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CS: Joan Marin, Marilyn Coe, and Warren Groves

by: Micah Haji-Sheikh

CS: Joan Marin, Marilyn Coe, and Warren Groves EDU 202-2001

Marketplace > College of Southern Nevada > Education > EDU 202-2001 > CS Joan Marin Marilyn Coe and Warren Groves
Micah Haji-Sheikh

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About this Document

The notes from our fourth case study.
Introduction to Secondary Education
Robert Shkorupa
Class Notes
mainstreaming, inclusion, Teaching, Education
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This 3 page Class Notes was uploaded by Micah Haji-Sheikh on Sunday September 11, 2016. The Class Notes belongs to EDU 202-2001 at College of Southern Nevada taught by Robert Shkorupa in Summer 2016. Since its upload, it has received 5 views. For similar materials see Introduction to Secondary Education in Education at College of Southern Nevada.


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Date Created: 09/11/16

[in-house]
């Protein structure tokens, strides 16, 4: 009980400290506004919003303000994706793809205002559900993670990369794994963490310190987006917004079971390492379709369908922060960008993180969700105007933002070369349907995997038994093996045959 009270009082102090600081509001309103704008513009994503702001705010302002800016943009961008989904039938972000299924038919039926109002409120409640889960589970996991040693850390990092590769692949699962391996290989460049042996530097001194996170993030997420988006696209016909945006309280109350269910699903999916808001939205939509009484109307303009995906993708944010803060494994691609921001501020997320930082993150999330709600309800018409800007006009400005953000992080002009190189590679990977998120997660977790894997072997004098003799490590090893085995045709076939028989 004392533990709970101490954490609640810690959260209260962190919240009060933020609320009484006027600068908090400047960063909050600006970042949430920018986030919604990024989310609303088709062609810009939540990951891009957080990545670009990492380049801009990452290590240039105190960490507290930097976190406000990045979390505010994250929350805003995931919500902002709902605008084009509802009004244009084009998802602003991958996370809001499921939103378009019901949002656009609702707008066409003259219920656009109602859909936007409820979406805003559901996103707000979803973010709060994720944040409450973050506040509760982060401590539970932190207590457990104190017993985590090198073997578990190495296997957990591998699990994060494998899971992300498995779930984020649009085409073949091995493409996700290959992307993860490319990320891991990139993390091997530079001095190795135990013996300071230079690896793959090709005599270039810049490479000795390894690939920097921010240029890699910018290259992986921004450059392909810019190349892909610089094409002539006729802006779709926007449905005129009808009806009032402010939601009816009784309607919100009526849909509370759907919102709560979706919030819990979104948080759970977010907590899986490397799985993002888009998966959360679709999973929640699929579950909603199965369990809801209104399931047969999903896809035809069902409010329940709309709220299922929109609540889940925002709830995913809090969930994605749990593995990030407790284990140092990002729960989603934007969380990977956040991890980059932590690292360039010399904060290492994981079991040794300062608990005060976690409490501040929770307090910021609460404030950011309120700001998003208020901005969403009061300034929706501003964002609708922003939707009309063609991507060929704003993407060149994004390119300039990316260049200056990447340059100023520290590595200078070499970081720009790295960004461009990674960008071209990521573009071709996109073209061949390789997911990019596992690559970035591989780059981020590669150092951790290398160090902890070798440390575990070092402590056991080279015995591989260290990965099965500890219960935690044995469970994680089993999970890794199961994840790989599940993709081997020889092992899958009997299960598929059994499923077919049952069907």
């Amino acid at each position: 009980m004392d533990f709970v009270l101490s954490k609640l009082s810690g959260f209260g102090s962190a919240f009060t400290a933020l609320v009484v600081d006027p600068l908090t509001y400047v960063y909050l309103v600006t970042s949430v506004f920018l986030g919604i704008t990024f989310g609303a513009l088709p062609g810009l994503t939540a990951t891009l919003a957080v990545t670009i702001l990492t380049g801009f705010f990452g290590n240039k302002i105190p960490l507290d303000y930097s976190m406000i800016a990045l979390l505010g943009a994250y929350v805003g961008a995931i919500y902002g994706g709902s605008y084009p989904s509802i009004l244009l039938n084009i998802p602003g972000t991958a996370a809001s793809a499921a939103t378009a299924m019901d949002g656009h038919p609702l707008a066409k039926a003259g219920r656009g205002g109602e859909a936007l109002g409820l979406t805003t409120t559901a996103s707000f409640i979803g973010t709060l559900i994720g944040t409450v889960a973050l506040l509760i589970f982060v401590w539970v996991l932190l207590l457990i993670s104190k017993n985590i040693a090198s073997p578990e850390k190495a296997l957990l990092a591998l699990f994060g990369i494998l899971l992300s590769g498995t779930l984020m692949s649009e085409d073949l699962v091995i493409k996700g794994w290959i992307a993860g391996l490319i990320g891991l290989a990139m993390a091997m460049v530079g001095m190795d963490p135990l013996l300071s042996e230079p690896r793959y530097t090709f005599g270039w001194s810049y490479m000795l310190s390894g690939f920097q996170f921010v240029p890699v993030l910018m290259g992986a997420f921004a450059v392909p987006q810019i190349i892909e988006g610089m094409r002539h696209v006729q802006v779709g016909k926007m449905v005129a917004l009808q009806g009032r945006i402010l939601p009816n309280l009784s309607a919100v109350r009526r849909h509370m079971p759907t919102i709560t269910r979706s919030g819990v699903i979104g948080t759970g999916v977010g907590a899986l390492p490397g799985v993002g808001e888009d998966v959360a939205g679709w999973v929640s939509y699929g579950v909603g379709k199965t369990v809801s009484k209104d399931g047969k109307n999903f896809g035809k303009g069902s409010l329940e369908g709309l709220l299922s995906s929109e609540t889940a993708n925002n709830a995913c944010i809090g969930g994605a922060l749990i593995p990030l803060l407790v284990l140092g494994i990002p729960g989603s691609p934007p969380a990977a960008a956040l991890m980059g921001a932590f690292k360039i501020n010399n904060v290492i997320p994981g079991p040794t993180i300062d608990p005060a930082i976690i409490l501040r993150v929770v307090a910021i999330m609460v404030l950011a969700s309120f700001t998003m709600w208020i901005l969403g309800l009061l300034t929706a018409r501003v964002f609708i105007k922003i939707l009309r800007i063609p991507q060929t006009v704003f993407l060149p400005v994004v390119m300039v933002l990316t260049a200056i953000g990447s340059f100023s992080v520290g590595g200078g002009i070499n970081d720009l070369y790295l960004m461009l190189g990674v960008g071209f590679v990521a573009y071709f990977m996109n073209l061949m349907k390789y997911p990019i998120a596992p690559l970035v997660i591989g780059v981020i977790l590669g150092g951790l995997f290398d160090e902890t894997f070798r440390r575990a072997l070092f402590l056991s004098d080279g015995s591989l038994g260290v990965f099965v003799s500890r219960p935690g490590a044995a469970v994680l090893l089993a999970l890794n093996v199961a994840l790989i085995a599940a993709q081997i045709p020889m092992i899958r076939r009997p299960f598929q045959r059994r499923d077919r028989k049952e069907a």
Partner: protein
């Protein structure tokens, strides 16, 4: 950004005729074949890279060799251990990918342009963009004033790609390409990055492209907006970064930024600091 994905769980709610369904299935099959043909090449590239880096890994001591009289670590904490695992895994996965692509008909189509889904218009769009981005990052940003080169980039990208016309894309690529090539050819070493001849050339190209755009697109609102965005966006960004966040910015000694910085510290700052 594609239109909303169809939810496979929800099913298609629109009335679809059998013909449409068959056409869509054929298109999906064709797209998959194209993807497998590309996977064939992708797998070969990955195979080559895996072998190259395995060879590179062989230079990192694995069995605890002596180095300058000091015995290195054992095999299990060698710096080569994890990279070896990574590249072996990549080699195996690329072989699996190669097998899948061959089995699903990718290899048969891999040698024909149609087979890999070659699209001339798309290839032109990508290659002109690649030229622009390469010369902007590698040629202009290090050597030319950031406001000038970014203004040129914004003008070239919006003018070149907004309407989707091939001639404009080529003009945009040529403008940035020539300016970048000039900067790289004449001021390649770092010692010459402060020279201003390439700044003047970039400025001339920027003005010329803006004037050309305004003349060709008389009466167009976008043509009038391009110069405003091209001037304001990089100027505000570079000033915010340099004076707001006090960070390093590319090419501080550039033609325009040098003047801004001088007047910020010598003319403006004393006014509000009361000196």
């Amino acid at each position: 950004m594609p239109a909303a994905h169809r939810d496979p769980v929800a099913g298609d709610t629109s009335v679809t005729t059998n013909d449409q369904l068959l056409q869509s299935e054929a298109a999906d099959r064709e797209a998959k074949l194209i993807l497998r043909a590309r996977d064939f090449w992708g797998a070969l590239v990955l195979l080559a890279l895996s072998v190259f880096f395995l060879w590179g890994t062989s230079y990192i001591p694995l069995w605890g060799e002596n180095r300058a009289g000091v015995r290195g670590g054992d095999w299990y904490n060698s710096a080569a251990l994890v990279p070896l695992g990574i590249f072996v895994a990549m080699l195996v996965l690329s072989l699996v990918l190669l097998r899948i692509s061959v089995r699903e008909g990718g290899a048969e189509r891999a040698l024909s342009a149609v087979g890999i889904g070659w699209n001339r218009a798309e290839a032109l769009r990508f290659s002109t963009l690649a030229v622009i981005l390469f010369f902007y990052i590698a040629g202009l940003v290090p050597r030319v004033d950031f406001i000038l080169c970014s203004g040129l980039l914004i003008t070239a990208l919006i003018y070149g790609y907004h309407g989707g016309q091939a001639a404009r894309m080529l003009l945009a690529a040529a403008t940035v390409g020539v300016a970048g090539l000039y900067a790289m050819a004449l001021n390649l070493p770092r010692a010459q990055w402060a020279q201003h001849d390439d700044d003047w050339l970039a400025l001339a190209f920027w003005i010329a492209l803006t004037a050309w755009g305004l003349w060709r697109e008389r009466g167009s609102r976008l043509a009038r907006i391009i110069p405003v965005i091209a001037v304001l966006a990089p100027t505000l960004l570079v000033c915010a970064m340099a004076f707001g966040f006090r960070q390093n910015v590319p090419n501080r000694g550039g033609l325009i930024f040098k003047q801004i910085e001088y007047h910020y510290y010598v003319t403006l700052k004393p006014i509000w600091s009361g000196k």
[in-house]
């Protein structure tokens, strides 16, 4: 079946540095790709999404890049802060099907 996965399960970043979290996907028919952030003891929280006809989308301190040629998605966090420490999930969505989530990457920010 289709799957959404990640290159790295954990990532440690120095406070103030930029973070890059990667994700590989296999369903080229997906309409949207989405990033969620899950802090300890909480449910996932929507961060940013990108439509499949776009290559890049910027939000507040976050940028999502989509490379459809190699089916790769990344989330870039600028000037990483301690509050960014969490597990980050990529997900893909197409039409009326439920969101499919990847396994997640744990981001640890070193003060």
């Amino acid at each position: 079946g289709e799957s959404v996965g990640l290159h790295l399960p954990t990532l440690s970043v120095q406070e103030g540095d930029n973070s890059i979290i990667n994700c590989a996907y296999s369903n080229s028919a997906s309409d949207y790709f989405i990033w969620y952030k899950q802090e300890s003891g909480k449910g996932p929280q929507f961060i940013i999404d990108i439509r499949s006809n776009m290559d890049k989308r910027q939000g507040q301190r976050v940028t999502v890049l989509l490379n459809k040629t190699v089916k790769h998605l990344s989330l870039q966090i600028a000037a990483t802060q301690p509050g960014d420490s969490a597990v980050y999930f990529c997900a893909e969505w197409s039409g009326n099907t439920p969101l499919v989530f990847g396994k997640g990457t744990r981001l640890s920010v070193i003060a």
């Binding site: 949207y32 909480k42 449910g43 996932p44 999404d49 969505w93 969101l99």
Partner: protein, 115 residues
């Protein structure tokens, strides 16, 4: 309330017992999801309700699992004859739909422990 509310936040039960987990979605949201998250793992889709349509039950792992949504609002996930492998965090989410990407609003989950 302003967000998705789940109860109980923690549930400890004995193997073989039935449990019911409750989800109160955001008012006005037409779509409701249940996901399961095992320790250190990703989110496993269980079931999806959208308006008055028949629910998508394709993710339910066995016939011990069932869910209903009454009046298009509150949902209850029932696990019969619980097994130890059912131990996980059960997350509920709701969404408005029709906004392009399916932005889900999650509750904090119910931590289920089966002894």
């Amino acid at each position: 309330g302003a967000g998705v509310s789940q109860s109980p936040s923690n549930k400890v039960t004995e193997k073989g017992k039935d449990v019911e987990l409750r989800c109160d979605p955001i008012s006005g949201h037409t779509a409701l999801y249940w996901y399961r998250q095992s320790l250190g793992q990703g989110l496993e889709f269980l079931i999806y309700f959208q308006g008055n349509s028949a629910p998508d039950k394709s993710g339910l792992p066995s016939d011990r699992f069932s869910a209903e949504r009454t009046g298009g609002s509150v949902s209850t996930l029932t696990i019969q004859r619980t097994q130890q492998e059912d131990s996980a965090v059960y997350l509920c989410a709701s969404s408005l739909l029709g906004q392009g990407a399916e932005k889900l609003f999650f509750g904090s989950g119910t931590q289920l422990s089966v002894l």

“A classroom teacher, a special education teacher, and a principal hold different views about  mainstreaming a boy with poor reading skills.”    Joan Martin​ - 4th Grade teacher, teaching for 14 years, teaching 4th grade for six years  Marilyn Coe​ - Former classroom teacher, takes on the position of Special Education  __________​teacher with enthusiasm.  Warren Groves​ - Principal, believes that strong teachers make a good school  Donald Garcia​ - 9 year old boy, low reading level, mainstreamed into Joan’s 4th grade  ____________​class    The Committee on Special Education (CSE), made up of Marilyn Coe and Warren  Groves, ask a strong 4th grade teacher (Joan Martin) to mainstream three special  education students. This is Joan’s first experience with mainstreaming in. Until now,  special ed students were taught in a separate classroom. She had some experience  with gifted children in the past, but never with mainstreaming.     Joan agrees to having the three new students, as she was already looking for a  change of pace and a new challenge in her career. Two of the new students Joan had  little to no problem with. That left Donald Garcia.  Donald was LD (learning disabled). While all three kids were being mainstreamed  for the first time, Donald was the least skilled.     Joan made sure to warmly welcome each of the students. All of the kids needed  more attention than a typical fourth grader. None were outgoing and all were hesitant  and unconfident. Donald took much longer than the other two kids.    On the first quiz Joan gives, while the other two kids showed some effort -  Donald’s paper was left blank.    Joan goes to talk to Marilyn about Donald’s paper. Marilyn reminds her that  Donald reads on the first grade level, and probably couldn’t read her test. Frustrated,  Joan asks why he’s in her class if he can't read at a fourth grade level. Marilyn  emphasizes that not having the opportunity to mainstream would be very bad for  Donald’s development. Marilyn tells her that she is seeing progress in Donald’s  socialization, and he often talks about all the new friends he’s made in Joan’s class.  Joan agrees not to give any more surprise quizzes without telling Marilyn first.    Joan watches Donald closely for the next few weeks. Donald participates in  small-group activities and classroom discussions, but does no reading or written work,  and none of the other children ask for him to participate. Donald’s picked last by the  other students, and he continues to fail Joan’s tests.    Donald is unable to achieve the simplest of tasks. Joan has trouble deciding how  to proceed. If she asks for more from Donald, his frustration would increase; but  lowering her curriculum for his sake would hurt the rest of the class. If she created  special assignments just for Donald, that would defeat the point of mainstreaming.    Realizing Donald will receive an F in her class, Joan consults with the principal -  Warren Groves. Warren tells Joan if Donald cannot perform at the level of her class,  then he simply doesn't belong.    The next day, Joan meets with Marilyn to discuss her dilemma. Feeling as if they  have both failed; the only option is to remove Donald from Joan’s class.    Marilyn was a teacher who then entered the LD field. She has worked very hard in  order for her special ed students to succeed. Mainstreaming is implemented into the  school based on Marilyn’s decision, but is highly suggested by the principal. Having  mainstreamed two other children into a math class, she decides to place three boys into  Joan’s class. Marilyn knows that Donald’s reading level is low, but she decides to  mainstream him anyways because:  - All three students will be entering middle school in a matter of years.   - When Marilyn was a regular teacher, she felt she did not give her own students  enough science or social studies.   - The three boys have spent very little time with their peers.    Donald's only other stated issues besides his reading level, are his immaturity,  and short attention span. No real home issues, but his parents are both from South  America; so their english isn’t the best (but Donald doesn’t speak spanish. They are  happy for their son to receive extra help. Warren recommends Donald is put in Joan’s  class.    Marilyn meets with Warren after her conversation with Joan. Warren gives  Marilyn mixed messages. He tells her that neither of them are experts on  mainstreaming, but agrees with Joan - a student who cannot meet the teachers  demands should not be mainstreamed. The CSE agrees to meet with Joan. In Marilyn’s  opinion, the key to the problem is to change Joan’s grading policy.    The three individuals meet to discuss the situation. Warren also blames himself  for the problem with Donald, regardless of Marilyn’s strong case for why Donald should  be mainstreamed in the first place. All three of them had a good reason to try  mainstreaming, but not one of them have a solution to their problem.